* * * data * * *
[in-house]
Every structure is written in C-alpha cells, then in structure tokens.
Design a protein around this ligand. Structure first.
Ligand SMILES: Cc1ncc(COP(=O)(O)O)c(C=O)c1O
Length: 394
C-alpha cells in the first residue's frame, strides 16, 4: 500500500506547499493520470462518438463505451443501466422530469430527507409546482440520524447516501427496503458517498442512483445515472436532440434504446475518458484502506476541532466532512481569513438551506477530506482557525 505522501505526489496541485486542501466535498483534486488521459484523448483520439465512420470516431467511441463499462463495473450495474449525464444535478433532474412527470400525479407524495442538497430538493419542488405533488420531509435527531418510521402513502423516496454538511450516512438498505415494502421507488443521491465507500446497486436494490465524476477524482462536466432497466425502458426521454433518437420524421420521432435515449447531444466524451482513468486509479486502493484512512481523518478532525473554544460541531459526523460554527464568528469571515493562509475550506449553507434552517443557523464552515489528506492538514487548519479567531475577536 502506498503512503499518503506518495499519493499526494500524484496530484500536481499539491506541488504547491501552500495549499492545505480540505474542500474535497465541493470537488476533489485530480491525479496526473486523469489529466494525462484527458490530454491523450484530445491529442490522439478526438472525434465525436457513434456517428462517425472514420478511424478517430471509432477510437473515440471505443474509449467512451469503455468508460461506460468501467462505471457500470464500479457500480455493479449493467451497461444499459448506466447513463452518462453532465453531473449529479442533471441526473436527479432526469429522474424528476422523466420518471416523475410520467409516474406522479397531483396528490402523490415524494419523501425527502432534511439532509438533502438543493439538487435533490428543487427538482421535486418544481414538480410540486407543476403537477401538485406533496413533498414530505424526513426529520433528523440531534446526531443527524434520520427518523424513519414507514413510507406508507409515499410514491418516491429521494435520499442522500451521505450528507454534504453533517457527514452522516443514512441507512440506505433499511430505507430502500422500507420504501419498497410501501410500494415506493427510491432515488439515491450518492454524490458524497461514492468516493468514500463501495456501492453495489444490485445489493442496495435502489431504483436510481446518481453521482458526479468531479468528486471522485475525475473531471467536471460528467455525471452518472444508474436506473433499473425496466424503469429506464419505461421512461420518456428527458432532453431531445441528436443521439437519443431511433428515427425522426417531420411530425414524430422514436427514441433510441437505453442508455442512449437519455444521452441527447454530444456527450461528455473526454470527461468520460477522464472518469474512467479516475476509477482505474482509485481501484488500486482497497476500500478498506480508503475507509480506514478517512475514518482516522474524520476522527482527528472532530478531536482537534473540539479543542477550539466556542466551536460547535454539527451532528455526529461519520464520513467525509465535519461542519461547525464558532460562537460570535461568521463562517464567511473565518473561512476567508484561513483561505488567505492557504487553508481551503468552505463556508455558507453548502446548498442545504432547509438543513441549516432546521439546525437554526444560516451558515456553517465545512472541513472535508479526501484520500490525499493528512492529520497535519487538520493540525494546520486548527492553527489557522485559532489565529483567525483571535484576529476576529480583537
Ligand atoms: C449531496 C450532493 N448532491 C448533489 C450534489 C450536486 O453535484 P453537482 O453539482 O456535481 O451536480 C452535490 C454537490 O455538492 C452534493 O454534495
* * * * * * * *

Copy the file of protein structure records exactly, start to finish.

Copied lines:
[in-house]
Every structure is written in C-alpha cells, then in structure tokens.
Design a protein around this ligand. Structure first.
Ligand SMILES: Cc1ncc(COP(=O)(O)O)c(C=O)c1O
Length: 394
C-alpha cells in the first residue's frame, strides 16, 4: 500500500506547499493520470462518438463505451443501466422530469430527507409546482440520524447516501427496503458517498442512483445515472436532440434504446475518458484502506476541532466532512481569513438551506477530506482557525 505522501505526489496541485486542501466535498483534486488521459484523448483520439465512420470516431467511441463499462463495473450495474449525464444535478433532474412527470400525479407524495442538497430538493419542488405533488420531509435527531418510521402513502423516496454538511450516512438498505415494502421507488443521491465507500446497486436494490465524476477524482462536466432497466425502458426521454433518437420524421420521432435515449447531444466524451482513468486509479486502493484512512481523518478532525473554544460541531459526523460554527464568528469571515493562509475550506449553507434552517443557523464552515489528506492538514487548519479567531475577536 502506498503512503499518503506518495499519493499526494500524484496530484500536481499539491506541488504547491501552500495549499492545505480540505474542500474535497465541493470537488476533489485530480491525479496526473486523469489529466494525462484527458490530454491523450484530445491529442490522439478526438472525434465525436457513434456517428462517425472514420478511424478517430471509432477510437473515440471505443474509449467512451469503455468508460461506460468501467462505471457500470464500479457500480455493479449493467451497461444499459448506466447513463452518462453532465453531473449529479442533471441526473436527479432526469429522474424528476422523466420518471416523475410520467409516474406522479397531483396528490402523490415524494419523501425527502432534511439532509438533502438543493439538487435533490428543487427538482421535486418544481414538480410540486407543476403537477401538485406533496413533498414530505424526513426529520433528523440531534446526531443527524434520520427518523424513519414507514413510507406508507409515499410514491418516491429521494435520499442522500451521505450528507454534504453533517457527514452522516443514512441507512440506505433499511430505507430502500422500507420504501419498497410501501410500494415506493427510491432515488439515491450518492454524490458524497461514492468516493468514500463501495456501492453495489444490485445489493442496495435502489431504483436510481446518481453521482458526479468531479468528486471522485475525475473531471467536471460528467455525471452518472444508474436506473433499473425496466424503469429506464419505461421512461420518456428527458432532453431531445441528436443521439437519443431511433428515427425522426417531420411530425414524430422514436427514441433510441437505453442508455442512449437519455444521452441527447454530444456527450461528455473526454470527461468520460477522464472518469474512467479516475476509477482505474482509485481501484488500486482497497476500500478498506480508503475507509480506514478517512475514518482516522474524520476522527482527528472532530478531536482537534473540539479543542477550539466556542466551536460547535454539527451532528455526529461519520464520513467525509465535519461542519461547525464558532460562537460570535461568521463562517464567511473565518473561512476567508484561513483561505488567505492557504487553508481551503468552505463556508455558507453548502446548498442545504432547509438543513441549516432546521439546525437554526444560516451558515456553517465545512472541513472535508479526501484520500490525499493528512492529520497535519487538520493540525494546520486548527492553527489557522485559532489565529483567525483571535484576529476576529480583537
Ligand atoms: C449531496 C450532493 N448532491 C448533489 C450534489 C450536486 O453535484 P453537482 O453539482 O456535481 O451536480 C452535490 C454537490 O455538492 C452534493 O454534495